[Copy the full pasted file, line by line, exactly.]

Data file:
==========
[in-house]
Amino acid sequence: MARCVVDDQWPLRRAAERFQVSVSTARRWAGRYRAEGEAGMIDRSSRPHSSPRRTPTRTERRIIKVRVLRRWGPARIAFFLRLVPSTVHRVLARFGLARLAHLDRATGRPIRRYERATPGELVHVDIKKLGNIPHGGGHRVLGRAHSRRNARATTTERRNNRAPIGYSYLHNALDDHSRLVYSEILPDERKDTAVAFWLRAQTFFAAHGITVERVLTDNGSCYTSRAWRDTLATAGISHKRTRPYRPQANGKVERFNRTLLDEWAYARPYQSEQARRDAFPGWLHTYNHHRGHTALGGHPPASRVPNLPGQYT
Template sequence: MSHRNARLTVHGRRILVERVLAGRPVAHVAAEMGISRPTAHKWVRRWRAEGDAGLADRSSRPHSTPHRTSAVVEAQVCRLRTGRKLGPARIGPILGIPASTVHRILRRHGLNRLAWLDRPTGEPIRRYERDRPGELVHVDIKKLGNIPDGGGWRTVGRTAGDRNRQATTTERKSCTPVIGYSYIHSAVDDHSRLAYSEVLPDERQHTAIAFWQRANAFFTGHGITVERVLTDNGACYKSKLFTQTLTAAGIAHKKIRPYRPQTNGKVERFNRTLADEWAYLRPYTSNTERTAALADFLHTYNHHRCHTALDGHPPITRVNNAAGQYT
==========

[in-house]
Amino acid sequence: MARCVVDDQWPLRRAAERFQVSVSTARRWAGRYRAEGEAGMIDRSSRPHSSPRRTPTRTERRIIKVRVLRRWGPARIAFFLRLVPSTVHRVLARFGLARLAHLDRATGRPIRRYERATPGELVHVDIKKLGNIPHGGGHRVLGRAHSRRNARATTTERRNNRAPIGYSYLHNALDDHSRLVYSEILPDERKDTAVAFWLRAQTFFAAHGITVERVLTDNGSCYTSRAWRDTLATAGISHKRTRPYRPQANGKVERFNRTLLDEWAYARPYQSEQARRDAFPGWLHTYNHHRGHTALGGHPPASRVPNLPGQYT
Template sequence: MSHRNARLTVHGRRILVERVLAGRPVAHVAAEMGISRPTAHKWVRRWRAEGDAGLADRSSRPHSTPHRTSAVVEAQVCRLRTGRKLGPARIGPILGIPASTVHRILRRHGLNRLAWLDRPTGEPIRRYERDRPGELVHVDIKKLGNIPDGGGWRTVGRTAGDRNRQATTTERKSCTPVIGYSYIHSAVDDHSRLAYSEVLPDERQHTAIAFWQRANAFFTGHGITVERVLTDNGACYKSKLFTQTLTAAGIAHKKIRPYRPQTNGKVERFNRTLADEWAYLRPYTSNTERTAALADFLHTYNHHRCHTALDGHPPITRVNNAAGQYT